Since Mayor Lori Lightfoot appointed a new seven-person school board last June, its members have launched a handful of new committees tasked with addressing key education issues facing the city.

So far, the board has tackled workforce diversity (read more here), and it has scheduled meetings at the end of January and into February on the issue of equitable school budgeting. 

On Tuesday, the group will wade into the topic of early childhood education and the school system’s role in the city’s broader universal pre-K rollout. The meeting will start at 5:30 p.m. at Mariano Azuela Elementary School near Midway Airport. 

The conversation will be facilitated by school board member Luisiana Melendez, a faculty member and researcher at Erikson Institute, a prominent early education training center. Chalkbeat spoke with Melendez in advance of the event.

Here are four things we learned about the role of the committee. 

The committee signals greater prominence for early childhood education, one area of enrollment growth in an otherwise declining district.

It was a notable nod to the early childhood education world when Mayor Lori Lightfoot appointed a faculty member from Erikson to the school board — and it’s one of the first times in recent memory that a school board member has brought the group deep expertise on the topic.

Melendez is a former kindergarten teacher who immigrated to the United States 30 years ago. She has studied emerging bilingualism in children ages 0 to 3, as well as how teachers recognize cultural and linguistic diversity. She said she’s not approaching the meeting with that particular focus in mind but will be curious what people say.

Luisiana Melendez
PHOTO CREDIT: Courtesy of Chicago Public Schools

“When we think about early childhood, the availability of linguistic and culturally responsive services is one of my main interests. I also want to hear from families and stakeholders and teachers about (universal pre-K). I was an early childhood teacher for many, many years. I hope to get input from all of those constituencies.”

She said she plans to work closely with the other members of the board heading up other committees, such as diversifying the city’s education workforce — an issue facing early education as well as K-12.  “I hope that the work we do will make the board more informed about these issues and address how they overlap,” she said.  “None of these things exist in isolation.”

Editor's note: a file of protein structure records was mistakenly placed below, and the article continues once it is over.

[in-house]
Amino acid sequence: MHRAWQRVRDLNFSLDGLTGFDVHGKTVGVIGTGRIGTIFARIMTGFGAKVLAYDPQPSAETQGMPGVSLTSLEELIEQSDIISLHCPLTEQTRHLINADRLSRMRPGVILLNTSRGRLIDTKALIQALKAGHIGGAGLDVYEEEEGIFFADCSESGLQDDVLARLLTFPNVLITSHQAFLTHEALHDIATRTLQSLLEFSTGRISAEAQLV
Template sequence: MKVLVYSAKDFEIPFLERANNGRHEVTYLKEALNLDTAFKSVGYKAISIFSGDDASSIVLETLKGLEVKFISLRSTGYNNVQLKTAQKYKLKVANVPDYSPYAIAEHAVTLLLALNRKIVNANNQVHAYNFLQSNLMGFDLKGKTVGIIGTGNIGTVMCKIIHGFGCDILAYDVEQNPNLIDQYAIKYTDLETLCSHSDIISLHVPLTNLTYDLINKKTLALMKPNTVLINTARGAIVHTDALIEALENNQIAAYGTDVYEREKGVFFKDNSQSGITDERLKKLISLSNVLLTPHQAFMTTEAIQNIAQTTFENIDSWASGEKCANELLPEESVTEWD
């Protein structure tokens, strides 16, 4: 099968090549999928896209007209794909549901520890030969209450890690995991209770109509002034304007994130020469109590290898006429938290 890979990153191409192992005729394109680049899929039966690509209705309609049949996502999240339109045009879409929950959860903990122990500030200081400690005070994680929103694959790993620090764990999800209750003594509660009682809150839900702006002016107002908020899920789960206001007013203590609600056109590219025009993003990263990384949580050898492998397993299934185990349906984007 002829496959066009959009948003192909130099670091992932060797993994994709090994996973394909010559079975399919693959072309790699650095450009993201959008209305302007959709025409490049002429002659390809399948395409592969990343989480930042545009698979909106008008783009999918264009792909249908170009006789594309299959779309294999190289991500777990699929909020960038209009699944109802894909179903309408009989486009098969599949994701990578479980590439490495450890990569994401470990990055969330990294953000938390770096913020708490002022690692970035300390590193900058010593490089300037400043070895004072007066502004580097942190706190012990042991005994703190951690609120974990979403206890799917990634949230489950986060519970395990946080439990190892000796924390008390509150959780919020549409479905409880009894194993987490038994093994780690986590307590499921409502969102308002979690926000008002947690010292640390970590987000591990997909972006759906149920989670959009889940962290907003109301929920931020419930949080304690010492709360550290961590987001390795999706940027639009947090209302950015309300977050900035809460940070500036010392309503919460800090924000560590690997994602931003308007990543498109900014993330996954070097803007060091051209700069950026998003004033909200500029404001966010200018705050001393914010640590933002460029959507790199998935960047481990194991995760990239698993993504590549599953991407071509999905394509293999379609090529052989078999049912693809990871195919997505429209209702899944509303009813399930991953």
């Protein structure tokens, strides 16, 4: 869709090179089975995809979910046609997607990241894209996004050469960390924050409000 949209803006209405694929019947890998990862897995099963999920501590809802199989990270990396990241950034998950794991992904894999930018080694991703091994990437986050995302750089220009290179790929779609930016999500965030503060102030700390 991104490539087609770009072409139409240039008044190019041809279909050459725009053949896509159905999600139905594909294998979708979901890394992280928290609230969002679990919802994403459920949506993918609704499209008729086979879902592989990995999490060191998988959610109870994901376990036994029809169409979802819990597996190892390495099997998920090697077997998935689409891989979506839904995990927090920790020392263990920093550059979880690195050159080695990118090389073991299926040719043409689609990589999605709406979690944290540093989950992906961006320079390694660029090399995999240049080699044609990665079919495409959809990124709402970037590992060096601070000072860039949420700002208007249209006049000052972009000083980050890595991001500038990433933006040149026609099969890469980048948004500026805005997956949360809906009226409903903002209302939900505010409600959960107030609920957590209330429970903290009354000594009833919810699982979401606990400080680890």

The committee’s scope will include educating the public about universal preschool in Chicago and getting feedback about how it is going so far.

This year, Chicago Public Schools credited an increase in younger students as one factor that partially offset its chronic enrollment declines. A closer look at the numbers shows that the district enrolled 1,400 more 4-year-olds in its schools than it did the previous year, primarily through full-day programs, to total a pre-K enrollment of 14,300. However, the addition of 4-year-olds offset a drop in 3-year-olds as it phases out some of those classrooms. 

Each year, the city plans to open more preschool classrooms to reach more children, ultimately for a goal of closer to 23,000 between schools and community providers. 

The school system has touted its long waitlist as a sign of demand and said the expansion will continue into more neighborhoods this year. 

“There are things that are working well, and things that people are welcoming, and then there are things that need to be reconsidered and recalibrated,” Melendez said. “That’s what this particular meeting is meant to do: elicit more information.”

Expect the pre-K application system to get criticized. 

A few years ago, Chicago Public Schools streamlined its application system for K-12 through the GoCPS universal application. But the multiple paths into preschool continue to make gaining acceptance confusing. 

Parents use GoCPS to apply to three competitive magnet programs and a separate, city-run “early learning” portal for application to most other schools for 3- and 4-year-old seats. Confusing matters, some tuition-based programs still take school-level applications, and the rules that govern kindergarten acceptance — that is, that every city resident has a spot in a designated neighborhood school — don’t apply to preschool. (Worth noting, too, is that fraud in preschool applications and lax tuition collection recently surfaced among other issues in a recent annual report from the city’s inspector general.)

What’s more, the city’s early learning application — which is where the bulk of the applications are supposed to go — can be unwieldy, particularly for families for whom English is not a first language or who don’t have internet access at home. Some community groups offer sign-up help to families. 

“(The application process) is something I’m aware of anecdotally as part of my professional work,” Melendez said.

Tuesday’s meeting will focus on school-level expansion, not the broader universal pre-K rollout. 

Chicago’s decision to open more preschool classrooms within Chicago Public Schools is part of a broader universal pre-K rollout that is also intended to boost capacity among private and non-profit community providers. Some providers have lost seats due to a massive reshuffling in the way the city funds those programs, sparking criticism about the city’s broader plans. 

Representatives from the city’s Department of Family and Support Services, which oversees community preschool programs, are not expected to attend Tuesday’s meeting to address issues identified with the larger rollout. But Melendez said to expect the city’s broader universal pre-K push to come up in future meetings.  

“These are very complex issues,” she said. “This first meeting is just a dipstick to get a reading on a particular moment. We are not anticipating that this is going to address, or even be able to incorporate every single topic that deserves attention around early childhood.”